• HEAD - Like the GET method, but only retrieves the metadata that would be returned with the payload of a GET, but no payload is returned. This is useful in monitoring and troubleshooting.
  • POST -  Used primarily to upload data from a client to a server, by means of creating or updating an object through a process handler on the server. Due to security concerns, there are usually limitations on who can do this, how it’s done, and how big an update will be allowed.
  • PUT - Typically used to replace the contents of a resource.
  • DELETE - This method removes a resource.
  • PATCH - Used to modify but not replace the contents of a resource.

If you are at all interested in using iControl REST to perform automation on your BIG-IP infrastructure, all the methods above except HEAD are instrumental in working with the REST interface.

HTTP Headers

There are general headers that can apply to both requests and responses, and then there are specific headers based on whether it is a request OR a response message. Note that there are differences between supported HTTP/1.0 and HTTP/1.1 headers, but I’ll leave the nuances to the reader to study. We’ll cover HTTP/2 at the end of this series. Examples in parentheses are not complete, and do not denote the actual header names. RFC 2616 has all the HTTP/1.1 define headers documented.

General Headers

These headers can be present in either requests or responses. Conceptually, they deal with the broader issues of client/server sessions like timing, caching, and connection management. The Connection header in the request and response messages above is an example of a general connection-management header in action.

Request Headers

These headers are for requests only, and are utilized to inform the server (and intermediaries) on preferred response behavior (acceptable encodings,) constraints for the server (range of content or host definition,) conditional requests (resource modification timestamps,) and client profile (user agent, authorization.) The Host header in the request message above is an example of a request header constraining the server to that identity.

Response Headers

Like with requests, response headers are for responses only, and are utilized for security(authentication challenges,) caching (timing and validation,) information sharing (identification,) and redirection.The Server header in the response message above is an example of a response header identifying the server.

Entity Headers

Entity headers exist not to provide request or response messaging context, but to provide specific insight about the body or payload of the message. The Content-Type header in the response message above for example is instructing the client that the payload of the response is just text and should be rendered as such.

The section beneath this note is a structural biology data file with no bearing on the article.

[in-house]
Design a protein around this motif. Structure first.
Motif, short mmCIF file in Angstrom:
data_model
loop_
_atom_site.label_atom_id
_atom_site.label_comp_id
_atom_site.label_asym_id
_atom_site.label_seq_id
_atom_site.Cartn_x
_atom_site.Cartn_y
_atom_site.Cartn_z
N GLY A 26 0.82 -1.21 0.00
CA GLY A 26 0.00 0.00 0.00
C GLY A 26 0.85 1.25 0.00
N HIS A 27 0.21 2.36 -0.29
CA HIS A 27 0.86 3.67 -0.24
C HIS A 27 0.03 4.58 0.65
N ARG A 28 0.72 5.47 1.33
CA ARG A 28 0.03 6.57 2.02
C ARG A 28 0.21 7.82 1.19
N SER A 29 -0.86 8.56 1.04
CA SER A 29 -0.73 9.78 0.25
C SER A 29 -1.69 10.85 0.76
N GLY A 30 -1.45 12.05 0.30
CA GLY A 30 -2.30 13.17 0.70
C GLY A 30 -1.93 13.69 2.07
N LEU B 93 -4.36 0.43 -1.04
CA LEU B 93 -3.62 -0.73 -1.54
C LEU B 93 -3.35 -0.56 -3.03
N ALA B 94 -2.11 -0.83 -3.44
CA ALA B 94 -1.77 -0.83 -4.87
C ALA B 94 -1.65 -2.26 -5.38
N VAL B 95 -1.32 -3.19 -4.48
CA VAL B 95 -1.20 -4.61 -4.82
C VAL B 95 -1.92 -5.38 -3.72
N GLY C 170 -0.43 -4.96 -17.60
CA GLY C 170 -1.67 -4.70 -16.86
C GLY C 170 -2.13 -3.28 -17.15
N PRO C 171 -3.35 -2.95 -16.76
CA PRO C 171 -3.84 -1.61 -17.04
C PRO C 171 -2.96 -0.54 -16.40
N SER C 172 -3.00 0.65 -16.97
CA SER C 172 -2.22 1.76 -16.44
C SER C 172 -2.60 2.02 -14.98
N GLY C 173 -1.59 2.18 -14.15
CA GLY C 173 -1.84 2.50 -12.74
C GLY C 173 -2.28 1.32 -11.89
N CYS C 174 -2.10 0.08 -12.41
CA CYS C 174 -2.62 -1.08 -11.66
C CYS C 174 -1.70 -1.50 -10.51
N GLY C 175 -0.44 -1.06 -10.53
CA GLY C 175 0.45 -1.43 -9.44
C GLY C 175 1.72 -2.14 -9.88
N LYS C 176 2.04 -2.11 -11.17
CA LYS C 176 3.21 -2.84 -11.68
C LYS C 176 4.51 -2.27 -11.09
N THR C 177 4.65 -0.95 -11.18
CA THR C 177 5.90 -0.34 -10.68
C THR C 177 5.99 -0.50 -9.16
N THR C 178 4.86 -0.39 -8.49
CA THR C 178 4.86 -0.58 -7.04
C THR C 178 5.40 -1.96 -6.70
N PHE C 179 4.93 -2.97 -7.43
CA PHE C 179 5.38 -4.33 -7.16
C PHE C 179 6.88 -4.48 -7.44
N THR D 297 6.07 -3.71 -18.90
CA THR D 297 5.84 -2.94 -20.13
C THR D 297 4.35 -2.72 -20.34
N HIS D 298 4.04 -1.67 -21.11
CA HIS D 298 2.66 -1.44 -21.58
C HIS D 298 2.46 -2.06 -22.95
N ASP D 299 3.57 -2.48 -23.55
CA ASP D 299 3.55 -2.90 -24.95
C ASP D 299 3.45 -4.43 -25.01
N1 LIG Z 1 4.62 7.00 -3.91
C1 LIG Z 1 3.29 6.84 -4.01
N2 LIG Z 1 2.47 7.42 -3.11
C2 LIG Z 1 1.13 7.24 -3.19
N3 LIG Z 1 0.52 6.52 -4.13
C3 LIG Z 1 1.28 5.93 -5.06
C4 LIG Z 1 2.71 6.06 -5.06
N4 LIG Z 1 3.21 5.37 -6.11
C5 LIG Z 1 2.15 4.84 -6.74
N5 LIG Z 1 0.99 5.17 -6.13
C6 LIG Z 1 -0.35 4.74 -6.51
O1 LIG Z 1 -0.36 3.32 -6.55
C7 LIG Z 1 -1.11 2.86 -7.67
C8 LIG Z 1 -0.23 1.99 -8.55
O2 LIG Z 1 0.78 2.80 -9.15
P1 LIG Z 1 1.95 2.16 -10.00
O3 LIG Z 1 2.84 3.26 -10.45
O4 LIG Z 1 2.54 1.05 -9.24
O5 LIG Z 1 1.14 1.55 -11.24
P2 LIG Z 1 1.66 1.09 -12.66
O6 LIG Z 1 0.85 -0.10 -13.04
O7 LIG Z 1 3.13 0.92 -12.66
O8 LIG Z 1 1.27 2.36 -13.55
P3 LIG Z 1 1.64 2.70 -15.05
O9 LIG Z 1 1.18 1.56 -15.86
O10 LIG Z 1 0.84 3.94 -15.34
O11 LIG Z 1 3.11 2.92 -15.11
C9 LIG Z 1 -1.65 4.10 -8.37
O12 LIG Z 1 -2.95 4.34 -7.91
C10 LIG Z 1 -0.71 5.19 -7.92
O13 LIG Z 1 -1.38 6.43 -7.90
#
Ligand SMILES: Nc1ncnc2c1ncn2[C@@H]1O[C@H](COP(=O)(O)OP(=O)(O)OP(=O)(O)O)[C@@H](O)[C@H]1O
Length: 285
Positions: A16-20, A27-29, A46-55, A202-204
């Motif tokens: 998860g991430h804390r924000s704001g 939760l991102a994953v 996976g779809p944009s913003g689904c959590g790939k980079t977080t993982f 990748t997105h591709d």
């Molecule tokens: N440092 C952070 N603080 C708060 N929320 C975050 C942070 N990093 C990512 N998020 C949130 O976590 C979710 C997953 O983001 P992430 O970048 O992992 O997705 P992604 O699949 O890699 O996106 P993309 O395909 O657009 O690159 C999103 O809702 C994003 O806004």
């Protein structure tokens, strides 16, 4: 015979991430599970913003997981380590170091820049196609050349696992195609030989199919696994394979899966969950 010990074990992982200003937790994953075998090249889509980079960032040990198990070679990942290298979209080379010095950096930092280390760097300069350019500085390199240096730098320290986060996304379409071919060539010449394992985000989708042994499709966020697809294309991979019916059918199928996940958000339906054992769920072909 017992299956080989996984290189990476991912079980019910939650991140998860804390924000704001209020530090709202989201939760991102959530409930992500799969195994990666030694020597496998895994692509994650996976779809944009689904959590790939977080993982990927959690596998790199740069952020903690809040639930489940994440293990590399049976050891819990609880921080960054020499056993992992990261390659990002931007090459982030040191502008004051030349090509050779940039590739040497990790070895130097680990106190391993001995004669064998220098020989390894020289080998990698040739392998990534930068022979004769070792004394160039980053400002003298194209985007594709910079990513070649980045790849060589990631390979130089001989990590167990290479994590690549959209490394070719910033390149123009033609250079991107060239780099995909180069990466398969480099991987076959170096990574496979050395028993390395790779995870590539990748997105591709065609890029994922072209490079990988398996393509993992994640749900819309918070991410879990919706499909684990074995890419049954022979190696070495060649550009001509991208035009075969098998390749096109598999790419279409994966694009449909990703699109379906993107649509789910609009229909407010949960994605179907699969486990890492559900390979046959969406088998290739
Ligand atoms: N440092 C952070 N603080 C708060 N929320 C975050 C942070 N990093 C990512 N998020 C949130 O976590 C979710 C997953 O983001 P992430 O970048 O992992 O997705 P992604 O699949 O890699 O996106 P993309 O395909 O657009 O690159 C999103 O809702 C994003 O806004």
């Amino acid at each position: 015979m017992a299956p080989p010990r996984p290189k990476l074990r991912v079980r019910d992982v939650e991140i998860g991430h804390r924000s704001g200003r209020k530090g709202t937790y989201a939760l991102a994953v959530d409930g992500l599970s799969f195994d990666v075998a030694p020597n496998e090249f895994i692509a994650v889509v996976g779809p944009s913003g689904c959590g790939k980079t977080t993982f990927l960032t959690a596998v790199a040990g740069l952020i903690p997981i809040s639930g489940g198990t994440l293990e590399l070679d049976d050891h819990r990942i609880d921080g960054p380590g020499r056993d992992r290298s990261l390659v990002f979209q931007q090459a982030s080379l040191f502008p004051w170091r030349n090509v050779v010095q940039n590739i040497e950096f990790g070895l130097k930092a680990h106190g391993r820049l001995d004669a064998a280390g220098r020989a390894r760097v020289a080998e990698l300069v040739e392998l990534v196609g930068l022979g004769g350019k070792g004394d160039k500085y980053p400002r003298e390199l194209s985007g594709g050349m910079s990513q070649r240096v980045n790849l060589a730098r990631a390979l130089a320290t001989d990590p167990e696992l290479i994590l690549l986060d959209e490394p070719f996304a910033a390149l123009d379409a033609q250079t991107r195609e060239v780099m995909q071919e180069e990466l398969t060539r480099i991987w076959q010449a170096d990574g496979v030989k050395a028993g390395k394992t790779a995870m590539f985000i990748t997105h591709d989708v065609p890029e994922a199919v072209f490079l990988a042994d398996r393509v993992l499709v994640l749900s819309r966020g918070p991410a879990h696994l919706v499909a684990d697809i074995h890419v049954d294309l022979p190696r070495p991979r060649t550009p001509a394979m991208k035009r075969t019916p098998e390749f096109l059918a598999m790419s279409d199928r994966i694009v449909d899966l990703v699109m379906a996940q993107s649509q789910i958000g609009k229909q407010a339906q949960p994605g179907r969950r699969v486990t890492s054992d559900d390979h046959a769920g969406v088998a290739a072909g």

A Note on MIME types - web clients/servers are for the most part "dumb" in that they are do not guess at content types based on analysis, they follow the instructions in the message via the Content-Type header. I've experienced this in both directions. For iControl REST development, BIG-IP returns an error if you send json payload but do not specify application/json in the Content-Type header. I also had a bug in an ASM deployment once where the ASM violation response page was set to text/html but should have been application/json, so the browser client never displayed the error, you had to find it buried in browser tools until we corrected that issue.

HTTP Response Status Codes

 We will conclude with a brief discussion on status codes. Before getting into the specifics, there are a couple general things that should make awareness and analysis a regular part of your system management: security and SEO. On security, there are many things one can learn through status codes (and headers for that matter) on server patterns and behavior, as well as information leakage by not slurping application errors before being returned to clients. With SEO, how redirects and missing files are handled can hurt or help your overall impressions and ranking power. Moz has a good best practices article on managing status codes for search engines.

But back to the point and hand: status codes. There are five categories and 41 status codes recognized in HTTP/1.1.

  • Informational - 1xx - This category added for HTTP/1.1. Used to inform clients that a request has been received and the initial request (likely a POST of data) can continue
  • Success - 2xx - Used to inform the client that the request was processed successfully.
  • Redirection - 3xx - The request was received but resource needs to be dealt with in a different way.
  • Client Error - 4xx - Something went wrong on the client side (bad resource, bad authentication, etc.)
  • Server Error -5xx - Something went wrong on the server side.

Application monitors pay particularly close attention to the 5xx errors. Security practitioners focus in on 4xx/5xx errors, but even 2xx/3xx messages if baseline volume and accessed resources start to skew from normal. Join us next week when we start to talk about clients, proxies, and servers, oh my!

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More Stories By Jason Rahm

Experienced predominantly in the networking realm over the last dozen or so years, Jason is expanding his horizons towards systems management and even trying his hand at python.

Jason assists in the maintenance duties for, contributes frequently in the forums, and writes weekly on some cool geekery in the F5 product lines. When not working, Jason enjoys spending time with his beautiful wife Michelle and his four children. He is active and volunteers network administration duties at his church and if there are any remaining minutes in the week, he enjoys Wii & XBOX, tennis, racquetball, softball, etc. He does not enjoy running, but does (scratch that, thinks about doing) it anyway to recover his youthful appearance.